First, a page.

New implantable lenses put high-tech devices within reach, UT Southwestern eye surgeons say
DALLAS — March 3, 2009 — If you’re having trouble reading or sending text messages on your new cell phone, UT Southwestern Medical Center eye surgeons may have a remedy.
Intraocular lenses, the next generation of implantable lenses, are designed to correct cataracts and presbyopia, the blurry eyesight that commonly occurs around age 40. They focus on improving middle and near distances, which include viewing reading materials on computer screens, reading print materials and viewing text-enabled cell phones.
IOLs or permanent lenses have become an increasingly popular solution for people with presbyopia with or without cataracts who want to permanently rid themselves of glasses. Implantable lenses can correct vision at near, middle and far distances by replacing the eye’s natural or damaged lens.
A new generation of ReSTOR lenses now available offers better clarity for many high-tech gadgetry demands, with tweaks to near vision, which is increasingly used for viewing data on cell phones and PDAs, and intermediate vision, used for computer screens or GPS devices, explained Dr. James McCulley, chairman of ophthalmology at UT Southwestern.
“A person is four times as likely to have 20/20 distant, intermediate and near vision with this new lens as with the previous lens. Previously, that 20/20 equivalence often was not attained in the intermediate distance,” said Dr. McCulley, who directs the Jean H. & John T. Walter Jr. Center for Research in Age-Related Macular Degeneration.
“The near power is now a little bit farther away, which puts it in the more typical normal reading distance, and the intermediate distance vision, which would be a computer screen, grocery store shelf, GPS or the dashboard on a motor vehicle is significantly improved,” Dr. McCulley noted.
The new RESTOR lens’s design gathers and spreads light in a unique way, using an outer edge to focus distant images, the thicker center to focus on nearer objects and layered surfaces that help with the in-between distances.
“The remarkable thing with it is that by moving the images in effect closer together, it did not increase any problems with overlap of images,” Dr. McCulley said.
Aging causes the eye’s natural lens to become more opaque, scattering light and clouding vision. More than half of Americans 65 and older have cataracts, which can be hastened by diabetes, smoking, poor nutrition and other factors.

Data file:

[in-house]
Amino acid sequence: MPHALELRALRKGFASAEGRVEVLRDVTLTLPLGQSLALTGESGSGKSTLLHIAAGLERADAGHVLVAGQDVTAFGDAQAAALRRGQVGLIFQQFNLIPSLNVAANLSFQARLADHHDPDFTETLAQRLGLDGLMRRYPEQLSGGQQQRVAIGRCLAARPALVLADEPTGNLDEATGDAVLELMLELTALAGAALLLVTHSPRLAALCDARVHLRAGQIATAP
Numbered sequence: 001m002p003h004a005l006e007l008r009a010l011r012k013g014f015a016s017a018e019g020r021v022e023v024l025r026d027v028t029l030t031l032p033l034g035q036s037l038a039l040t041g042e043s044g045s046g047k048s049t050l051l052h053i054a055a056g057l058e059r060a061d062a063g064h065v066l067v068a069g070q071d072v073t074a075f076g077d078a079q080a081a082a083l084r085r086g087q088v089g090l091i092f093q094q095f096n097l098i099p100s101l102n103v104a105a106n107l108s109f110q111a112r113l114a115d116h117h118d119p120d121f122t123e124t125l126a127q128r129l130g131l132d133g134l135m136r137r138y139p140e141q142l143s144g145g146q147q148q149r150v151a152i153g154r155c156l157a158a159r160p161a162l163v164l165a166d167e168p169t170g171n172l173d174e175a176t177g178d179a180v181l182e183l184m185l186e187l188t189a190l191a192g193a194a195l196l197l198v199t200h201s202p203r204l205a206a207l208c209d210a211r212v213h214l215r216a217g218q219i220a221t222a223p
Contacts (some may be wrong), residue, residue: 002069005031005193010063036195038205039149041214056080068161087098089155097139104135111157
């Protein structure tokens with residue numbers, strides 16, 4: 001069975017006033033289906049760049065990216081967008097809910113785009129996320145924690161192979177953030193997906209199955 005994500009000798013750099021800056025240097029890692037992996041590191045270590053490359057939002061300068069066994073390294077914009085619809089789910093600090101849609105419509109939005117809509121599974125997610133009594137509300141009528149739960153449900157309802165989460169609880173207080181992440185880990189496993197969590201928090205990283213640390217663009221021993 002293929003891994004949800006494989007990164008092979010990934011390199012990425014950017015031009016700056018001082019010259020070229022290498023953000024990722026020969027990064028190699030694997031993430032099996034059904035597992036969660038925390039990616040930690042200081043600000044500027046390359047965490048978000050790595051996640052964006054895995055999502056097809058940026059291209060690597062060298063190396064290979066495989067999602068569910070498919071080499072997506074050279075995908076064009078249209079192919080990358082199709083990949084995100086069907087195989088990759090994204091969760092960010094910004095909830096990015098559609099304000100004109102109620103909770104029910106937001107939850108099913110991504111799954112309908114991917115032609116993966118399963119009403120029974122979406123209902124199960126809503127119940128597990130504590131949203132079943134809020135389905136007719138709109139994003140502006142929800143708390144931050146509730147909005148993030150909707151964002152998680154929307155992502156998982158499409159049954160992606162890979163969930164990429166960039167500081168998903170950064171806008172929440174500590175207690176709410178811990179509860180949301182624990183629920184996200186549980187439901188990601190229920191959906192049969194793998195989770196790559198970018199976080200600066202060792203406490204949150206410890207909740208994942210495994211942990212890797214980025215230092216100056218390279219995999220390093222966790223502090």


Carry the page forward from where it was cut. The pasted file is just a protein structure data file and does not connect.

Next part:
Eye surgeons can correct the cataract problem and presbyopia simultaneously by removing the clouded lens and replacing it with a multifocal artificial IOL lens. Younger patients with presbyopia, in which near vision becomes blurry, also may eliminate the need for glasses with a multifocal IOL, a procedure called refractive lens exchange that is typically not covered by insurance.
“Our commitment to patients who want this done is to get them as close to glasses-free as technology allows, and this latest lens gets us that much closer,” Dr. McCulley said. “We are gaining on the long-term goal to completely eliminate the need for glasses.”
In clinical studies, 80 percent of patients with the AcrySof ReSTOR lenses reported never wearing glasses after cataract surgery in both eyes, compared to only 10 percent of those with monofocal lenses, which was the highest level of freedom from glasses ever demonstrated in an IOL clinical trial, according to Fort-Worth based Alcon, which makes the lenses. Even people who do still need glasses with the ReSTOR lens need them less often. Potential side effects of IOLs may include visual aberrations like halos or diminished night vision.
UT Southwestern ophthalmologists hold free seminars at 6 p.m. every Tuesday about LASIK and refractive intraocular lenses at the UT Southwestern Laser Center for Vision Care, 1801 Inwood Road. To sign up, call 888-663-2020 or 214-645-2027 or e-mail email@example.com.
Visit http://www.utsouthwestern.org/eyes to learn more about UT Southwestern’s clinical services in ophthalmology.